Researchers analyze the benefits of urban trees

Researchers analyze the benefits of urban trees
UCR Postdoctoral researcher Sheri Shiflett

What have your trees done for you lately? According to UC Riverside Professor of Botany and Plant Science Darrel Jenerette, trees cool our homes, neighborhoods, and improve our health. Now he is exploring the hypothesis that the cooling provided by your trees may also help save water, an important virtue during California's unprecedented drought.

Jenerette and colleagues are relying on to collect the bulk of the data, sampling trees from Malibu to Palm Springs. Since last August, over 300 people have taken measurements on more than 1,300 trees, across 25 days of sampling.

"One of the most rewarding aspects of our Southern California urban tree project has been bringing diverse students and community groups together to assist in the research processes," said postdoctoral researcher Sheri Shiflett, who has trained and assisted multiple community groups with field research. "The commitment and excitement of our community partners and citizen scientists has been exceptional."

The race to save water in home landscapes has sometimes come at the cost of living green vegetation in cities. But those green trees combat the "" effect, where metropolitan areas are measurably hotter than rural or natural landscapes. Jenerette's latest work, currently in review, shows how this cooling can have important impacts to human health. Satellite temperature measurements were compared to surveys that asked households to report their incidence of heat-related illnesses. Increased vegetation cover was correlated with fewer heat-related illnesses.

"In the last decade, there has been a demographic transition, where now more than 50 percent of people live in cities. Thus, it is critically important to understand how the urban environment affects people," says Jenerette. "I want to highlight the importance of urban ecology in addition to other characteristics of the that impact human health, such as pollution, congestion, or access to ecosystem services."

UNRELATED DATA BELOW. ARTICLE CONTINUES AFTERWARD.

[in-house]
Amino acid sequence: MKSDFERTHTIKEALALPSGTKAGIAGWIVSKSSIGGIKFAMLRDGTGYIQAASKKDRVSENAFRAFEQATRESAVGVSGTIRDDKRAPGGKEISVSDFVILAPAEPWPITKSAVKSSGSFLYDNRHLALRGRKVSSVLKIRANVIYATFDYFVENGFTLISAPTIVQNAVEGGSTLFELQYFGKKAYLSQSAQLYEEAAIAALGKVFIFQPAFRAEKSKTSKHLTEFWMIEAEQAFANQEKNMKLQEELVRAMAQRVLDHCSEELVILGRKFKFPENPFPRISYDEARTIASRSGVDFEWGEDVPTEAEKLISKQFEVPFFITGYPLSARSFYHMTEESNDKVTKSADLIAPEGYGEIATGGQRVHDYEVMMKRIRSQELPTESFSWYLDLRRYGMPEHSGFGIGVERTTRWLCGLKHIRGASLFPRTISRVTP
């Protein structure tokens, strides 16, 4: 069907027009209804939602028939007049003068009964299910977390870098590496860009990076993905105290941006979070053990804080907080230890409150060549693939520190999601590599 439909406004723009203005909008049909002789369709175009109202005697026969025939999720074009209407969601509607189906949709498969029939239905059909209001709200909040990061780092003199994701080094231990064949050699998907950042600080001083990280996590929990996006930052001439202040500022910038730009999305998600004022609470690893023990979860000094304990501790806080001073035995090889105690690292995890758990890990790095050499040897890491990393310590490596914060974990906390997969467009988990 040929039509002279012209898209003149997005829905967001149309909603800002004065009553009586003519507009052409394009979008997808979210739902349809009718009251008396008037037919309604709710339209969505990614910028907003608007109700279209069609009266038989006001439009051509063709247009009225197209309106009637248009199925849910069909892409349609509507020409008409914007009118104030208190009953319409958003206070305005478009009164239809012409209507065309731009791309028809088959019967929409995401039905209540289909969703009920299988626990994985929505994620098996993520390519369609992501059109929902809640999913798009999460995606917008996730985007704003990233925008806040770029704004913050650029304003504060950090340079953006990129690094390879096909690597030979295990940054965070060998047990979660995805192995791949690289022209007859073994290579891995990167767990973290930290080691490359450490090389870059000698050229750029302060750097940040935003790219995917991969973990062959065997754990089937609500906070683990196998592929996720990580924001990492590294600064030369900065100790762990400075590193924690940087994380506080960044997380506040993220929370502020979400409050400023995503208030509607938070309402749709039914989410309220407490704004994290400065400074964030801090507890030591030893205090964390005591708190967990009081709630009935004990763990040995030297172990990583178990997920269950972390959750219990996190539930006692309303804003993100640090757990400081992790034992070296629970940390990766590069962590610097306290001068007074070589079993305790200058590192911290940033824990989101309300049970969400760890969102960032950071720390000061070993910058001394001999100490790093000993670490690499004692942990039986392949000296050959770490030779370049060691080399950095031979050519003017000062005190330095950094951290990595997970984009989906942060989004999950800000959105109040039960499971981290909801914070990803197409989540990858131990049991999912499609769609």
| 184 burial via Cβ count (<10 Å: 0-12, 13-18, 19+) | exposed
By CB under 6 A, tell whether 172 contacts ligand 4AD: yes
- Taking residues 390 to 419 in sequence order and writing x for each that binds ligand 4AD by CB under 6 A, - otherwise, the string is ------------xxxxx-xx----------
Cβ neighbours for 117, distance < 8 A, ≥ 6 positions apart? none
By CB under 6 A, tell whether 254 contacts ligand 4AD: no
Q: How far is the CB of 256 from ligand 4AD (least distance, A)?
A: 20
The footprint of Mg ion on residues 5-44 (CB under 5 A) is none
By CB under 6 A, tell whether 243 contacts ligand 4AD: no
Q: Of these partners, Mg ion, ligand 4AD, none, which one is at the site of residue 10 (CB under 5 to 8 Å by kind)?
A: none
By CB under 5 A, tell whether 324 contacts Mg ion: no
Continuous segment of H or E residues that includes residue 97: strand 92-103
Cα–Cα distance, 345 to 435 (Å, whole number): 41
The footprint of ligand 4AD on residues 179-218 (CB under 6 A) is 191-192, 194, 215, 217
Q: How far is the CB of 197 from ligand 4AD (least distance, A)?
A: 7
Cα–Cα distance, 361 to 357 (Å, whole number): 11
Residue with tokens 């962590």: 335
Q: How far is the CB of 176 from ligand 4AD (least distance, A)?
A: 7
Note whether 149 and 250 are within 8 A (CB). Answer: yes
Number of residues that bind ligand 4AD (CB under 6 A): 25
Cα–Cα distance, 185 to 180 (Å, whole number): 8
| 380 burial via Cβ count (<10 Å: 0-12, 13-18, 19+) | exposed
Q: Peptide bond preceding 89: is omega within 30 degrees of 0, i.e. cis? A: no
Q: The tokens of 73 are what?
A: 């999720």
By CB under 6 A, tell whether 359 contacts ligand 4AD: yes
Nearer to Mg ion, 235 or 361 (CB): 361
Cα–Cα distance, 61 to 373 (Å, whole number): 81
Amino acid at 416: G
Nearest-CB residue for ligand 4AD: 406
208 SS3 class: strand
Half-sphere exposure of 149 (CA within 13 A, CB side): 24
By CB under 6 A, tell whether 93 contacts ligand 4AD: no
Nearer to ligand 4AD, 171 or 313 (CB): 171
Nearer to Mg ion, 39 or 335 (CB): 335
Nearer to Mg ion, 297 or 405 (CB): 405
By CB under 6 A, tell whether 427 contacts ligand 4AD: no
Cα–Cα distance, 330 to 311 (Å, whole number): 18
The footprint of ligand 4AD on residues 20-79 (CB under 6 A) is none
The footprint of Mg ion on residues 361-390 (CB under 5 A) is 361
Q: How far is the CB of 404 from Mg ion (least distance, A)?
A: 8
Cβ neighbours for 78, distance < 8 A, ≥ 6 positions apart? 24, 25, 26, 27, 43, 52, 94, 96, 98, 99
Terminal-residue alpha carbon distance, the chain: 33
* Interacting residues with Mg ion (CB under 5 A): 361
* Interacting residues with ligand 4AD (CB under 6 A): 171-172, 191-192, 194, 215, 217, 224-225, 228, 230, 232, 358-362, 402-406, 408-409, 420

Researchers analyze the benefits of urban trees
Students act as citizen scientists, helping to measure a tree trunk. Credit: Gitte Venicx

Vegetative cover can also tell you how old a neighborhood is and the income level of inhabitants. More cover occurs in wealthier neighborhoods, known as the 'luxury effect'. According to Jenerette's recent research (in the journal Landscape and Urban Planning) in southern California, increased number of tree species, or diversity, occurs in older neighborhoods, known as the 'legacy effect'.

In Southern California, tree diversity is especially high because of our warm, temperate climate. As compared to long-term urban ecology studies in cities like Minneapolis, where cold winters limit the species of trees that can grow there, roughly 90 percent of Southern Californian urban trees come from outside of California (according to a recent paper in Frontiers in Ecology and Evolution by Jenerette and colleagues). Some species even originate from tropical environments, requiring substantial irrigation. Understanding how urban tree prevalence and diversity impacts water use is Professor Jenerette's current focus.

Together with non-profit partners, such as EarthWatch and the Los Angeles Museum of Natural History, Jenerette, Shiflett, and Ph.D. student Peter Ibsen are working to determine how much water trees use, how much they cool their immediate environment, and which species provide the most cooling benefits for the least amount of water use. They plan to sample over 30 species, comparing the benefits of three types of trees: historic ornamentals, drought-tolerant trees of the future, and native California species.

Jenerette, Shiflett, and Ibsen hope to be able to tell people what will be most robust to a changing climate. Trees that can survive in a warmer, drier Southern California can help municipalities prepare for expected increases in temperature. "I want to help urban managers choose and cultivate species most appropriate for different urban regions to minimize urban heat vulnerability now and in response to future climate change," says Jenerette.

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